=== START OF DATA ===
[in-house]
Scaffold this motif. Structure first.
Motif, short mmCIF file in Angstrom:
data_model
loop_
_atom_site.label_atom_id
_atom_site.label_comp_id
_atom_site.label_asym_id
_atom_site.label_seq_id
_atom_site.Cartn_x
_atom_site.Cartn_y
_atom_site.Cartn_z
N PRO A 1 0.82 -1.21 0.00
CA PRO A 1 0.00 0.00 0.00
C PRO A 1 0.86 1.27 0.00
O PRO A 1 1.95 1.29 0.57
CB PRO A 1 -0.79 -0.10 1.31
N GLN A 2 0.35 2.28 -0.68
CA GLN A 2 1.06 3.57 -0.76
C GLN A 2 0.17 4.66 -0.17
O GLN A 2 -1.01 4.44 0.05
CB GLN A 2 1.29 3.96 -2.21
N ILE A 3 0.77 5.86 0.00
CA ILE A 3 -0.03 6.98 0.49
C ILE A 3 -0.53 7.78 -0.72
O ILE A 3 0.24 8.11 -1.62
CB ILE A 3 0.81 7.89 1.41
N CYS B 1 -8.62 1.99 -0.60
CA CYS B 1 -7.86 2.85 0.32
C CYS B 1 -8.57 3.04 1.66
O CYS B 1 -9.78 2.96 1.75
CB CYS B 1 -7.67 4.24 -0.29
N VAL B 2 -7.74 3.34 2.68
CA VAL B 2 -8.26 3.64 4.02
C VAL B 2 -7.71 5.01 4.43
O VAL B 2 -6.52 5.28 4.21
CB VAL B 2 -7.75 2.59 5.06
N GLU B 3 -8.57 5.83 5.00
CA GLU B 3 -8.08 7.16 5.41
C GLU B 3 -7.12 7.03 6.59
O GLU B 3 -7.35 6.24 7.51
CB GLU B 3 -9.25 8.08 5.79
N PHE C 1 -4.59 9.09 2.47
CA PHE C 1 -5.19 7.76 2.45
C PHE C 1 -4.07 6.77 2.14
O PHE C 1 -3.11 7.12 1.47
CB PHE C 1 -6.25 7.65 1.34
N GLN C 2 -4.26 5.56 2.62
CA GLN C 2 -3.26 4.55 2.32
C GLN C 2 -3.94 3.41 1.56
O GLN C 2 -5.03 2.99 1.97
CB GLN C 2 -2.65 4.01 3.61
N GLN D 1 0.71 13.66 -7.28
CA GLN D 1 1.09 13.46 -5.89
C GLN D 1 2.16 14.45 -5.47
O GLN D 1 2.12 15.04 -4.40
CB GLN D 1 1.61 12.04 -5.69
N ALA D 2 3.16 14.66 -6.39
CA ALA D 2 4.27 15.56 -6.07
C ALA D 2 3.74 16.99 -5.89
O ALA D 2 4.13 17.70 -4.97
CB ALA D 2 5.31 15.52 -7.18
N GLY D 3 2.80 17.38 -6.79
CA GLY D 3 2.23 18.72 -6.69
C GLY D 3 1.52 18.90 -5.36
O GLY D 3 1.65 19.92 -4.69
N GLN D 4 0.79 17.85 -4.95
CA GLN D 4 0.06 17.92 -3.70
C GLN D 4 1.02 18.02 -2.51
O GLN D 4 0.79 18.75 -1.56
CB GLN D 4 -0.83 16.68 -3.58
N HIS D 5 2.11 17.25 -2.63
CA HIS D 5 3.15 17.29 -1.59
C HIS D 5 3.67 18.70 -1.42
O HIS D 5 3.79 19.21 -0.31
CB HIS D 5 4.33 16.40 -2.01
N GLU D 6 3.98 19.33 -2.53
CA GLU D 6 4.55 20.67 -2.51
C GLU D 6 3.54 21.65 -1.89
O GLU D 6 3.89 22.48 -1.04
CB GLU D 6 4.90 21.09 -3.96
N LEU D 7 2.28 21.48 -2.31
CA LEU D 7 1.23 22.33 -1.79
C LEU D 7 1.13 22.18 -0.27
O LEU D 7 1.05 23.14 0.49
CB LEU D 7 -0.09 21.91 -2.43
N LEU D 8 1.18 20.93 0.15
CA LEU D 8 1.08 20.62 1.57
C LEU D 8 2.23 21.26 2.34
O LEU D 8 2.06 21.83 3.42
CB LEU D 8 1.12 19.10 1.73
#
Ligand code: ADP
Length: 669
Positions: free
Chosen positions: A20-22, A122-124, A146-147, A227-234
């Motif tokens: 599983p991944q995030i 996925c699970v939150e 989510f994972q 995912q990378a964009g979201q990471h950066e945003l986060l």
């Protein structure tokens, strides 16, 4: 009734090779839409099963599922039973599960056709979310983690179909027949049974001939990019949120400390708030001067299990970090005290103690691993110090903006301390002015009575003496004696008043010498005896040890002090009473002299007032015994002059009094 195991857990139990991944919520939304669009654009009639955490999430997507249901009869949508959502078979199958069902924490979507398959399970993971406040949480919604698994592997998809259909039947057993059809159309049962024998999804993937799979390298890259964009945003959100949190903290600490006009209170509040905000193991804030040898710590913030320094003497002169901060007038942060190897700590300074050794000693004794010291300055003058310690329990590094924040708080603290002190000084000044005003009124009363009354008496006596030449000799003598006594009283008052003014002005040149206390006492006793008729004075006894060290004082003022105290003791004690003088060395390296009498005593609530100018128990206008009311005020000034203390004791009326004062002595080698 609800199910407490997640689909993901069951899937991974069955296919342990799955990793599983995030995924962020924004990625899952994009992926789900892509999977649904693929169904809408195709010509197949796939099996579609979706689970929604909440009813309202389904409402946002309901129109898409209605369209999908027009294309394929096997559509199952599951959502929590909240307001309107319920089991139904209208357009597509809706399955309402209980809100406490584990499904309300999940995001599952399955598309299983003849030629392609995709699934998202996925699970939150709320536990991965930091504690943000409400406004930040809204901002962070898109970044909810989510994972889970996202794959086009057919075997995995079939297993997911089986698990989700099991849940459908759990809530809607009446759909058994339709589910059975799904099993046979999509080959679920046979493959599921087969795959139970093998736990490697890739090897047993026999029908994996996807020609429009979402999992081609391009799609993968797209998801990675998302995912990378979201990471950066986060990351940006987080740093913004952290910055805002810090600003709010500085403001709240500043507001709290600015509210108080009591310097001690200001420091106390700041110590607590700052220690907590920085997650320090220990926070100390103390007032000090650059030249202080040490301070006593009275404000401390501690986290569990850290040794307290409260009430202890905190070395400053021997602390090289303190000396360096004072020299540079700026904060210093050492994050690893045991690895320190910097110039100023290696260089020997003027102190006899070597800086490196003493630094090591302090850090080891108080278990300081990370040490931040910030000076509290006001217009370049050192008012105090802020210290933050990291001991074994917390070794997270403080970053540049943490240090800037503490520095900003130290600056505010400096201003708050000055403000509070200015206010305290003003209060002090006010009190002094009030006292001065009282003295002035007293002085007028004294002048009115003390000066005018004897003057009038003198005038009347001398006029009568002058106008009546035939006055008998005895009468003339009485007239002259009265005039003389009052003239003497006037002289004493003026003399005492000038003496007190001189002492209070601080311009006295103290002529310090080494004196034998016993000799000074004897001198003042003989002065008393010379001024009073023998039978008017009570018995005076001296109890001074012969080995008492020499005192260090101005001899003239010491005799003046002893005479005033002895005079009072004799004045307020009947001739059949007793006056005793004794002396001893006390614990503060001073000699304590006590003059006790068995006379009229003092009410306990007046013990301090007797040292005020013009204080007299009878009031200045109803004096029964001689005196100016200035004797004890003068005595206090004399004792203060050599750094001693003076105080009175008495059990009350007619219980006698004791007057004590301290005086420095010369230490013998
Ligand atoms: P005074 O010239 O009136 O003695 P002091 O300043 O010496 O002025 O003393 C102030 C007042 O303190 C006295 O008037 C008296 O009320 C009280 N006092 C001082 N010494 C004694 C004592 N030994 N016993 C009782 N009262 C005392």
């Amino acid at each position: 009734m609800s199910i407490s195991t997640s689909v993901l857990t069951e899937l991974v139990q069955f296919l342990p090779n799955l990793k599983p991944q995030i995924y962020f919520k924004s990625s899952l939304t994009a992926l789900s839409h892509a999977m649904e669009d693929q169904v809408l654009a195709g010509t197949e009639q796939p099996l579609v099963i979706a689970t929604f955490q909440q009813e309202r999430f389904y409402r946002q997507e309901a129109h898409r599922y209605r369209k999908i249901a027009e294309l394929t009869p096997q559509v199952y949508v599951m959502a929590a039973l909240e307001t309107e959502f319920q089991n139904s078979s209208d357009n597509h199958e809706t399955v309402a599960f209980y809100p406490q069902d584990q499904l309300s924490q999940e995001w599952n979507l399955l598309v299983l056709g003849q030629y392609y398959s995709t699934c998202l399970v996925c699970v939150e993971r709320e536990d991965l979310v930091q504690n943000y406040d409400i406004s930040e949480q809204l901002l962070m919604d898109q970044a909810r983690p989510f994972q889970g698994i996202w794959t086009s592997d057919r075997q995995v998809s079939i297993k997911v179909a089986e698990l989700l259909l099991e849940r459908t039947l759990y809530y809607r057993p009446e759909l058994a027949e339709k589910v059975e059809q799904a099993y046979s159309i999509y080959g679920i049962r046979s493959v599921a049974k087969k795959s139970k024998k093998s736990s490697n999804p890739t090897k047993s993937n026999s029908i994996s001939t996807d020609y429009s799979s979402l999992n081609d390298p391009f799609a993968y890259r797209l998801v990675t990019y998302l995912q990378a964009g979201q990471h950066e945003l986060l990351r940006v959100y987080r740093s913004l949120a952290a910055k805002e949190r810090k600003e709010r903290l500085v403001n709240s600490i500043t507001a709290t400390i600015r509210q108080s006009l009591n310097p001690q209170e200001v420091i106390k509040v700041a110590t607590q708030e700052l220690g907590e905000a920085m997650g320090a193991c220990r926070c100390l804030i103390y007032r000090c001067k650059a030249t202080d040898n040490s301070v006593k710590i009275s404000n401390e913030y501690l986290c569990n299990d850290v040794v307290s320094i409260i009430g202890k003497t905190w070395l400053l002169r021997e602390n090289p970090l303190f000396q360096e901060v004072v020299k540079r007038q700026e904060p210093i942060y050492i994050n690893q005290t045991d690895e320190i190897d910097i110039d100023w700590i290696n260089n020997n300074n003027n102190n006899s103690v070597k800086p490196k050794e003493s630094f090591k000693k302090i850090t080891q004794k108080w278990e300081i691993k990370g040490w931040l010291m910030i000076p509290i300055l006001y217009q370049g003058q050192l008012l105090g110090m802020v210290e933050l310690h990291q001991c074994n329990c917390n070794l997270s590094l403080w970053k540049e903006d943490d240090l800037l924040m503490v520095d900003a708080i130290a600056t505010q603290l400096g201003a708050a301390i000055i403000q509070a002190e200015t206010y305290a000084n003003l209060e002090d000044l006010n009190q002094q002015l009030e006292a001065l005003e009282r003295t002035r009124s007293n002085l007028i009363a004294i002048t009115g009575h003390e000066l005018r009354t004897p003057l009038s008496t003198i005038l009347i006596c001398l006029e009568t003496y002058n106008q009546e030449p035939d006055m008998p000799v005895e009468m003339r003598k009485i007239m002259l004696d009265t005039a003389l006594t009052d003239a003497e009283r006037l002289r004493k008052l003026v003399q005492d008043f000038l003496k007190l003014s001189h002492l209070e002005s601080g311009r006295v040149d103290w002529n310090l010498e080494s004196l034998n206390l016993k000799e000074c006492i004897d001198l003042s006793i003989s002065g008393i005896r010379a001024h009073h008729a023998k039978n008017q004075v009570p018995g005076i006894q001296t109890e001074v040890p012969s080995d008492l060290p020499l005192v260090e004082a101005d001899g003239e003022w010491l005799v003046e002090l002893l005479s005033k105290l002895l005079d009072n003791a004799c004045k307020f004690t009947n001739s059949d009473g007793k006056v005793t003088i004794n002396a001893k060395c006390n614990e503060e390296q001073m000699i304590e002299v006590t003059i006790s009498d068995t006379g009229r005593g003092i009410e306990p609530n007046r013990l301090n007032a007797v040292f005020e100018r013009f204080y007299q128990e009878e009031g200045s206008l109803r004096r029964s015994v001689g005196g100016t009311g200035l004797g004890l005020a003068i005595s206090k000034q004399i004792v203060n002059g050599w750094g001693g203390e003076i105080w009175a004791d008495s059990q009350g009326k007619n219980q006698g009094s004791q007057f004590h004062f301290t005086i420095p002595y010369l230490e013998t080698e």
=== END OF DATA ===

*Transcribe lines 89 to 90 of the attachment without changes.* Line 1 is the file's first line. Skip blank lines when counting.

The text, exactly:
C LEU D 8 2.23 21.26 2.34
O LEU D 8 2.06 21.83 3.42